Thursday, December 14, 2006

Disney Part II: The Animal Kingdom

Sure, Animal Kingdom is at least as ideologically problematic as Celebration and the Africa stop in the World Showcase (It's Africa, as a gift shop!).

Animal Kingdom is divided into Africa, Asia and DinoLand, places you can happily and "safely" tour through Disney "magic." Why, on the resort channel in our hotel room, our family learned from a perky teen that half of the park is "just like the real Africa, without the malaria shots!" (It's yellow fever shot, malaria pills . . . and what goes unsaid is that it is also "Africa" without African people). Still, we expected our family to love it for its "safari," gorgeous landscapes and landscaping, and a Lion King live performance.

Our visit was anything but magical.

So when a "cast member" conducting research asked if I'd be willing to respond to an emailed survey, I was happy to do so. I'll post the response to the question regarding service/treatment by cast members below:

*We are a multiracial family, and as such, we often attract a bit more attention than other families. In the case of our visit to Disney's Animal Kingdom, this added attention was disproportionately negative:

In the first instance, I was with my daughter and son (my husband had stepped back to observe) near the gorillas. One gorilla pounded on the glass and my son turned to me, intrigued (not having identified this as an aggressive gesture) and "showed" me what the gorilla had done. At this point the staff member said, "Little man, don't use body language. That's probably why he did that." The staff member was clearly concerned by the gorilla's aggressive behaior (natural, it seems to me, to wild animals kept behind glass) but surprisingly, inaccurately assigned responsibility for that behaior to a child (well-supervised by both parents and ery well-behaved). My sensitive five year old son was thrown by the chastisement and was "sad" and "embarrassed" for a good while afterward, not feelings expected by a child visiting Disney. Had she said (to educate) that gorillas respond to our body language he would have been more careful and would have learned something important about the animal world and human interaction with it.

The second and third instances are as follows: Prior to the Lion King our not yet two year old daughter was playing at my feet. We were in the front row as my mother was using a wheel chair, but we planned to seat my daughter with my husband in the second row when the show began, for her safety and for the performance. One staff member approached us and insisted that my daughter be contained. I explained that of course she would not be free, nor would she be in the front row at all, when the show began. She turned to my mother to continue, though she did agree that my daughter was fine where she was for the moment and that the plan was sound. Just moments later a male staff member approached as I was picking my daughter up (to pass her back to her dad), and lectured me, though she was already in my arms. I gritted my teeth and passed her back. The show did not begin for several more minutes.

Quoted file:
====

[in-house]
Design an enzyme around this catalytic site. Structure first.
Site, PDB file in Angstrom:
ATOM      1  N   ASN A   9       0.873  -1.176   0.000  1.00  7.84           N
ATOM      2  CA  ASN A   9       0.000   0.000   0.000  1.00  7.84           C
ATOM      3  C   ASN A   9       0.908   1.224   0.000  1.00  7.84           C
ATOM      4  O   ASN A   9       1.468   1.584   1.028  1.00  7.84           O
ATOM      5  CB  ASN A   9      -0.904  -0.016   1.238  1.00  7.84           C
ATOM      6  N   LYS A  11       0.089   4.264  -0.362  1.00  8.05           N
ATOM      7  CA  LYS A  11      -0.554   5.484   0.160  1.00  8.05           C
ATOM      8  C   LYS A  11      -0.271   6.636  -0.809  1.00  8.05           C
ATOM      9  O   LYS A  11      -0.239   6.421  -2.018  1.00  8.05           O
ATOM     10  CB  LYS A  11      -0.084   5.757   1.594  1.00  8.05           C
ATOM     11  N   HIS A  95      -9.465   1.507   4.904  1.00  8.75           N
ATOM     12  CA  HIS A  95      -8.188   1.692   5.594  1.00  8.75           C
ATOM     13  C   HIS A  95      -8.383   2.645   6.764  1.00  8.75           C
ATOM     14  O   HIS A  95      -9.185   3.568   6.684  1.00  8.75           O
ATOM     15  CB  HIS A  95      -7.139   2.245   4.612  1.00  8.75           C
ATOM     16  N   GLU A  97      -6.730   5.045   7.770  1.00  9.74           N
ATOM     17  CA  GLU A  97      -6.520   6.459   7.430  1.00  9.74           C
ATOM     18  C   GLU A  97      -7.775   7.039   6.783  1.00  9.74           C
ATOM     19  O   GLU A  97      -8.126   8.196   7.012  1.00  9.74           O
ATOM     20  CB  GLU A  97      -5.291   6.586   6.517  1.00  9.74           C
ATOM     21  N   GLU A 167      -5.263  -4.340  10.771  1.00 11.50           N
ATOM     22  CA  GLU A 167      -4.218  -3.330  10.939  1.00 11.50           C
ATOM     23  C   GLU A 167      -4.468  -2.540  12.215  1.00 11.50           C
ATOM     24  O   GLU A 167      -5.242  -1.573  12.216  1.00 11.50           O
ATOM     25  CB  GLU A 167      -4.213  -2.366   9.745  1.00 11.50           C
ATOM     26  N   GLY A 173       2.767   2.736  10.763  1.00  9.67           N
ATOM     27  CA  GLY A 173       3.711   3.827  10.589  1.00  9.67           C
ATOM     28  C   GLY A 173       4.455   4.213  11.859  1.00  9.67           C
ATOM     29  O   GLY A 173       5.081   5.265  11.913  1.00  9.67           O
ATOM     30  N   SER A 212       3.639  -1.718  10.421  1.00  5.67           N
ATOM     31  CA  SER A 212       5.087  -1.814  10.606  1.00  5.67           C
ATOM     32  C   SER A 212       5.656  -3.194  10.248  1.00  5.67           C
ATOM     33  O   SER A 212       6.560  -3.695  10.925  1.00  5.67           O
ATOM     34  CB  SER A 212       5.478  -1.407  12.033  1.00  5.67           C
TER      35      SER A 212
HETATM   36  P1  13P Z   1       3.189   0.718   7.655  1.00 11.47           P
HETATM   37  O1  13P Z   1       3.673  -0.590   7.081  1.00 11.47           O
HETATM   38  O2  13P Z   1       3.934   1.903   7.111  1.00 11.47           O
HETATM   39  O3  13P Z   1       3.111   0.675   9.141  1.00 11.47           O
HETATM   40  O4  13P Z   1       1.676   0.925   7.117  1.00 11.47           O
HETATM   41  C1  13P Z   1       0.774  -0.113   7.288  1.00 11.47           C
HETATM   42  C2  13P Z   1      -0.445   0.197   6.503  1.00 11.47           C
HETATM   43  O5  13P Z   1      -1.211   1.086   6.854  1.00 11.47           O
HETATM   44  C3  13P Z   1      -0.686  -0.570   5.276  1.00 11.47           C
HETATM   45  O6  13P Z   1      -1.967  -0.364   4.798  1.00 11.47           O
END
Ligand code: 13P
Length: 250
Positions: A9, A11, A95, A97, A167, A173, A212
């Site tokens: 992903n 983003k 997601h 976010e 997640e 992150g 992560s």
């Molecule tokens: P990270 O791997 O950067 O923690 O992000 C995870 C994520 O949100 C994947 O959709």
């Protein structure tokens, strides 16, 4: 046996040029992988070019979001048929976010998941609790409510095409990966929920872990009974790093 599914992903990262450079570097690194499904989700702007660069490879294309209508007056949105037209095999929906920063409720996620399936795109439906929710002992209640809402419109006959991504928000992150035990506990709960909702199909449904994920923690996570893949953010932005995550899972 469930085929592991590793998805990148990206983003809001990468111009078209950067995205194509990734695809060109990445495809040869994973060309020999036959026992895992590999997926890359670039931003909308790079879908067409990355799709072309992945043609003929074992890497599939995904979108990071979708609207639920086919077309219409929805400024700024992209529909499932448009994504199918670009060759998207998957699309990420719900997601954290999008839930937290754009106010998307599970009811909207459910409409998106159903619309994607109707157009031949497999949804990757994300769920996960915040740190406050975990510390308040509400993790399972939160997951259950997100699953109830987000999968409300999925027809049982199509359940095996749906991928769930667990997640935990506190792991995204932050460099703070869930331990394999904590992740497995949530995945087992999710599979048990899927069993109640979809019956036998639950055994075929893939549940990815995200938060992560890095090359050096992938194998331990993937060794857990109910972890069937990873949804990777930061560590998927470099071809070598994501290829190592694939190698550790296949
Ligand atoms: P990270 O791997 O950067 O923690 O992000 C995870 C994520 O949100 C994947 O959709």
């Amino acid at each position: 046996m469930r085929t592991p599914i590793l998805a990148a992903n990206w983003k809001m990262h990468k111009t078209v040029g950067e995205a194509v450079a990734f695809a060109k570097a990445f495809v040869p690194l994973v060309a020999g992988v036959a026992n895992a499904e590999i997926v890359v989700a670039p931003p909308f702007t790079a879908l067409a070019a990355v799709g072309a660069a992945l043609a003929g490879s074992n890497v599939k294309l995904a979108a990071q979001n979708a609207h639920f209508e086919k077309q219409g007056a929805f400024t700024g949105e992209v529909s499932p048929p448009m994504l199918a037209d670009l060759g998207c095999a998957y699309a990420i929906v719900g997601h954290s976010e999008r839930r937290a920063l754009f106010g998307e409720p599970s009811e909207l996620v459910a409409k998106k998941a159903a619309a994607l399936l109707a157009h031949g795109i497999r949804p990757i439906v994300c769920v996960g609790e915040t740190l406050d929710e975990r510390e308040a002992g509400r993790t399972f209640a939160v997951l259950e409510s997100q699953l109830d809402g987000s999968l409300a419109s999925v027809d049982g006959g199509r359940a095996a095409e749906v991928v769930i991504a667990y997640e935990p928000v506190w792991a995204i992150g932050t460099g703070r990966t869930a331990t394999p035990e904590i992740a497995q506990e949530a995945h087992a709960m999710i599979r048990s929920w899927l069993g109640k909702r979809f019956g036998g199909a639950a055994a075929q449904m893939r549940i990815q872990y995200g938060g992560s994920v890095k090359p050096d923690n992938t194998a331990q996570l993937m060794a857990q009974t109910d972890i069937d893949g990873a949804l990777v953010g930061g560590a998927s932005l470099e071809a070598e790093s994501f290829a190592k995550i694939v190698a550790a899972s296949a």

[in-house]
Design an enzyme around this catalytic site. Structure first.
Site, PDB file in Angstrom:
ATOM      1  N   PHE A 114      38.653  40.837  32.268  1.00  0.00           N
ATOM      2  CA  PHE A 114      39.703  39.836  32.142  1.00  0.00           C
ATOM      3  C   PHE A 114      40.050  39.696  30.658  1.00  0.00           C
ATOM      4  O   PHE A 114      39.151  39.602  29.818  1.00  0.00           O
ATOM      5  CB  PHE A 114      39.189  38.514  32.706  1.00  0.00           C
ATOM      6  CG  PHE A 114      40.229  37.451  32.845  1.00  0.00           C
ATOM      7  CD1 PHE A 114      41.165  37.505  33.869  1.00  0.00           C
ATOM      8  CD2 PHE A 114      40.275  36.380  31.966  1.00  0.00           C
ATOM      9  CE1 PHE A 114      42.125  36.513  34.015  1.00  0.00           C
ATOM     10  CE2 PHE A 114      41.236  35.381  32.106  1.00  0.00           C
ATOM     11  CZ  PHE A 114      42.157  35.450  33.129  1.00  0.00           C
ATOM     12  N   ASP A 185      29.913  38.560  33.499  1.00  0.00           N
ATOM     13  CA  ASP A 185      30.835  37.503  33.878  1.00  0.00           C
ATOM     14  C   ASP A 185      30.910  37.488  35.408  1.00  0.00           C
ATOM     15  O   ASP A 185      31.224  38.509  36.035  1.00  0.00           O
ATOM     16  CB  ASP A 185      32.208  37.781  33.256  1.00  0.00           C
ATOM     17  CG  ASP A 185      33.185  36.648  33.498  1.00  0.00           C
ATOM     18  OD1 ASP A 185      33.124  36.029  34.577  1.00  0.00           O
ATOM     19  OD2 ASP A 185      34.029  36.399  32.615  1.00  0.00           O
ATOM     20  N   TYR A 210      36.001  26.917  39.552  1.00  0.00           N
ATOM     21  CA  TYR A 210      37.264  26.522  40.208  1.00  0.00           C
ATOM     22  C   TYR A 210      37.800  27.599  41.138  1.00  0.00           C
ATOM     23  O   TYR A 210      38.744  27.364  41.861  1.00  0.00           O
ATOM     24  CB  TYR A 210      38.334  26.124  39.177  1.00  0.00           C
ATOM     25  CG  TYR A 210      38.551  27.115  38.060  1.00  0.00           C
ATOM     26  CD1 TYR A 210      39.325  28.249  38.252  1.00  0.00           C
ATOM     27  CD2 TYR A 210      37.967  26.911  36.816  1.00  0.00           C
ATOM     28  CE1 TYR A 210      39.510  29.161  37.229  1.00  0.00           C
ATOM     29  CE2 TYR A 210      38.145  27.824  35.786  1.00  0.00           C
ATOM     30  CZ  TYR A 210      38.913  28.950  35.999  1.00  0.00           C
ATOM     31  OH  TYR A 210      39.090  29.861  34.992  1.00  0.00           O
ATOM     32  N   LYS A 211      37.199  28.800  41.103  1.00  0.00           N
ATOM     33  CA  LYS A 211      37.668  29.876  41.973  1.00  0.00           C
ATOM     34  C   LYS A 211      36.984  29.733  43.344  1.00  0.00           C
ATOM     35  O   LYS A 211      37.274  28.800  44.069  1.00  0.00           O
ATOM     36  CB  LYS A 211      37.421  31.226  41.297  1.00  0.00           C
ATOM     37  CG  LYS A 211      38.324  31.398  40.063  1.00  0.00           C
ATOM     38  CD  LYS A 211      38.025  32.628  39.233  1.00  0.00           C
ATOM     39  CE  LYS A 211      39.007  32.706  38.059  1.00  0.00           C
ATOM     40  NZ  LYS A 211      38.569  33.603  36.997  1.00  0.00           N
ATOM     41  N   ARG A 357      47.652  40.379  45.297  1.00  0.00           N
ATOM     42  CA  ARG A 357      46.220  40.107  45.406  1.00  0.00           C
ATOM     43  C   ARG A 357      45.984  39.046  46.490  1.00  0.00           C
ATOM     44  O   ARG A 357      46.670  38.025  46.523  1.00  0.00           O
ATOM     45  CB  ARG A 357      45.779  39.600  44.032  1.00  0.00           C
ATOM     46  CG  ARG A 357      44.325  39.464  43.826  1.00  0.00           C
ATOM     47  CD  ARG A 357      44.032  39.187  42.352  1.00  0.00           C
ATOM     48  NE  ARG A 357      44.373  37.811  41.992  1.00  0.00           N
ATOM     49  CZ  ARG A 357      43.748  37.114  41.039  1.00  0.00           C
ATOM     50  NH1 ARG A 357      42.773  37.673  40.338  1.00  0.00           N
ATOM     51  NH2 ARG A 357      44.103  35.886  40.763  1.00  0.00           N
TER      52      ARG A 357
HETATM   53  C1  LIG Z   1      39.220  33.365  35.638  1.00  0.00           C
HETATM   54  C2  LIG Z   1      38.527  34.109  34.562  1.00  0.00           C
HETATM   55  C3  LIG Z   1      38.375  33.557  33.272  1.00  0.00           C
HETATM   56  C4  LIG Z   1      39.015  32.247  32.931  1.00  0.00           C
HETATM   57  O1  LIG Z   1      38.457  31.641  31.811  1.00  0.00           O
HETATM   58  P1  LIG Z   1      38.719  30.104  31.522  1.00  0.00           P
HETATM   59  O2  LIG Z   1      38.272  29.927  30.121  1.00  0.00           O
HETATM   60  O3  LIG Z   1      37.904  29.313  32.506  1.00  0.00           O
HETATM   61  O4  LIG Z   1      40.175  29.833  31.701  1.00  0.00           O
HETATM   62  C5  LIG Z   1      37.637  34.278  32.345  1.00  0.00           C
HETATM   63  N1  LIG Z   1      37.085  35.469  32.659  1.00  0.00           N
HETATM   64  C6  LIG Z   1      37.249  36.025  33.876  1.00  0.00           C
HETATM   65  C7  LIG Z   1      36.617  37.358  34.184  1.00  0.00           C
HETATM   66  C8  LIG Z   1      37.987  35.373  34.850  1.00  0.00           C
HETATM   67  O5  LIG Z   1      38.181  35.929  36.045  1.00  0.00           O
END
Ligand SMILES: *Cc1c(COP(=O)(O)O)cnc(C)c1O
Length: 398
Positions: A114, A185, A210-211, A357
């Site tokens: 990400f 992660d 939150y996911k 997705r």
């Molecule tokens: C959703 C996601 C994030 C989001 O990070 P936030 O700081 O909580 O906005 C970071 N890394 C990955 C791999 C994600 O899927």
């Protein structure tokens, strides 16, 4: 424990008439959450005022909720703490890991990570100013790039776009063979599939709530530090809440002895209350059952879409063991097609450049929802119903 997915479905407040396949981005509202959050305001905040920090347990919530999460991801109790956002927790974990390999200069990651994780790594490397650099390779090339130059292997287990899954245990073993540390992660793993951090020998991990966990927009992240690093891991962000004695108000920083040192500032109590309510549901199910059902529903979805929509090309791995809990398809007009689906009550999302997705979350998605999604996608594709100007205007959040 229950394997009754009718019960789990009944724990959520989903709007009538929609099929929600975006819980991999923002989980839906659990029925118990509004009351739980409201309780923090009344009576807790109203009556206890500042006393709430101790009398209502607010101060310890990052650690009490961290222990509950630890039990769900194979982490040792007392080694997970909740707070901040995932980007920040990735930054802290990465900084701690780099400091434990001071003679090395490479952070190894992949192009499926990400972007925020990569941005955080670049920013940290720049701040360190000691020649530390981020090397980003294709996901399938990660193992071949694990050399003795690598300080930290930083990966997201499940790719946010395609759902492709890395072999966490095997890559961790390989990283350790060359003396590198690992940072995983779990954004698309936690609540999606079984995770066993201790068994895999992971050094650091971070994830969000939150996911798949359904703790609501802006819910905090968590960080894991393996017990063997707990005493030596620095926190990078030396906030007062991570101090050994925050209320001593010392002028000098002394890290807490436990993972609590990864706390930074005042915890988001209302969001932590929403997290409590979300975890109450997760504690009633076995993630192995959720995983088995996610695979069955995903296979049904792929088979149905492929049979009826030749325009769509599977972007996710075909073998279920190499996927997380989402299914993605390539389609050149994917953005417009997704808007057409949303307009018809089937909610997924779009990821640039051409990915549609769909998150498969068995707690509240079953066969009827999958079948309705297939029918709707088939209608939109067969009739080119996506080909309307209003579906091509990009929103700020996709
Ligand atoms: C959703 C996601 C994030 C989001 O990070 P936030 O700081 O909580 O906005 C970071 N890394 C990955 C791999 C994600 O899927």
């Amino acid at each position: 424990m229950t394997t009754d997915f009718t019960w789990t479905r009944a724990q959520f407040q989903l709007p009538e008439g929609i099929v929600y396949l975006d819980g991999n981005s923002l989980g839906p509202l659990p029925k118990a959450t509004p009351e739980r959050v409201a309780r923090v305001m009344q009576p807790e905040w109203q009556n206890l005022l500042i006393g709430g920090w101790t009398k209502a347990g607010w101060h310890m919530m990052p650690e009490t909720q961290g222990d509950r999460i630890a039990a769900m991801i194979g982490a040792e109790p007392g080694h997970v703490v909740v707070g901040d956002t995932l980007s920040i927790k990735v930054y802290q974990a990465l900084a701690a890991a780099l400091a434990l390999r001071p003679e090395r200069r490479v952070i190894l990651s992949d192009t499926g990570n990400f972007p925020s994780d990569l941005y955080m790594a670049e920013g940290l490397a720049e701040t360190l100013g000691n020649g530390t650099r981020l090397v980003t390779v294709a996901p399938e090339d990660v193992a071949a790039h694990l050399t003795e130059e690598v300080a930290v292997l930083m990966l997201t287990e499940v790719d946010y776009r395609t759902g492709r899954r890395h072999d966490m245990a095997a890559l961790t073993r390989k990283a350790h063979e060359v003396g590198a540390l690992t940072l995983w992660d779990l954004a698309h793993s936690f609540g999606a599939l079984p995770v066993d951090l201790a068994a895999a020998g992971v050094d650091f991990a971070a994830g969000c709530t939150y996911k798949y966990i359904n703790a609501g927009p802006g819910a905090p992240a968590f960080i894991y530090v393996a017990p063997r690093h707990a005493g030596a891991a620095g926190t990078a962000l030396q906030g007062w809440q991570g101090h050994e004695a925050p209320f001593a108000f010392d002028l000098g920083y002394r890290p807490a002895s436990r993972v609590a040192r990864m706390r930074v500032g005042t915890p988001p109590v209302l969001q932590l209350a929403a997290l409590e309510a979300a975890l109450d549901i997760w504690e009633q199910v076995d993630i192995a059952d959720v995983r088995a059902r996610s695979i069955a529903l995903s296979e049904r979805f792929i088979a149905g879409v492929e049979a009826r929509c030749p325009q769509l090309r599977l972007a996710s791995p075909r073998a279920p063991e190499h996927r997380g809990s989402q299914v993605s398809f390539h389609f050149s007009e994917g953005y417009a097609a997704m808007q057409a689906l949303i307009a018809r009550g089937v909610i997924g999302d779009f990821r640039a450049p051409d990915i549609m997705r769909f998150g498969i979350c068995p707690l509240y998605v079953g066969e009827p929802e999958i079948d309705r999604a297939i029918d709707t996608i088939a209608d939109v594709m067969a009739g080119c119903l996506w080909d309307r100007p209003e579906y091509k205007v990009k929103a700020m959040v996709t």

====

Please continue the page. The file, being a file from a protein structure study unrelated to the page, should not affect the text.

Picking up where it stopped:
My children's father, particularly when not right beside them, is not always (or easily) identified as the father of both, and while we do understand the importance of safety and security for animals, performers and audience, we couldn't help but wonder (nor could others around us) whether we were treated differently as a result of our non-traditional family composition (whether consciously or unconsciously). As a family, we were very discouraged that this might happen in a Disney park, and it greatly affected our ability to enjoy what would otherwise have been a beautiful day.*

This was a difficult complaint to write (so please don't tear it apart), and not only because the survey times out if you actually try to provide a coherent, substantive response. It was also difficult because we believed that we were treated differently because of assumptions made about me as the (seemingly unaccompanied) mother of children of two different races. Any wording that relied on our being a two-parent (heterosexual) family, justifying racial difference by mentioning adoption (as in, "it's okay! I'm a good person. This is an international adoption") felt like it would trade on our privilege and deny the rights of other nontraditional families not to be harassed.

No doubt about the connection between fascism and Disney World.
But really -- telling on me to my mother? Crossed a new line.

1 comment:

Third Mom said...

I think I would have interpreted what happened exactly as you did. Sadly, I think the racial composition of our families does cause us to be approached and treated differently.

I had a similar experience in church years ago when our son was two. He was pretty good for about half of the time, but got a little fidgety, so I picked him up and walked to the back. An usher, a real oddball who shared the ushering function with his odder wife, turned to me and said in a very angry voice, "That child is disturbing everyone!" I was dumbfounded - simply could not believe that someone who be that mean to a two-year-old in a CHURCH. I left immediately in tears, and call the priest later that day, still in tears. Although I'm convinced there was a racial overtone to the way we were treated and told the priest so, he didn't see how it could have been, just didn't want to believe that something racist could have happened in his church.

But I believe it did, and I believe it happens everywhere. I'm really sorry you experienced it, too.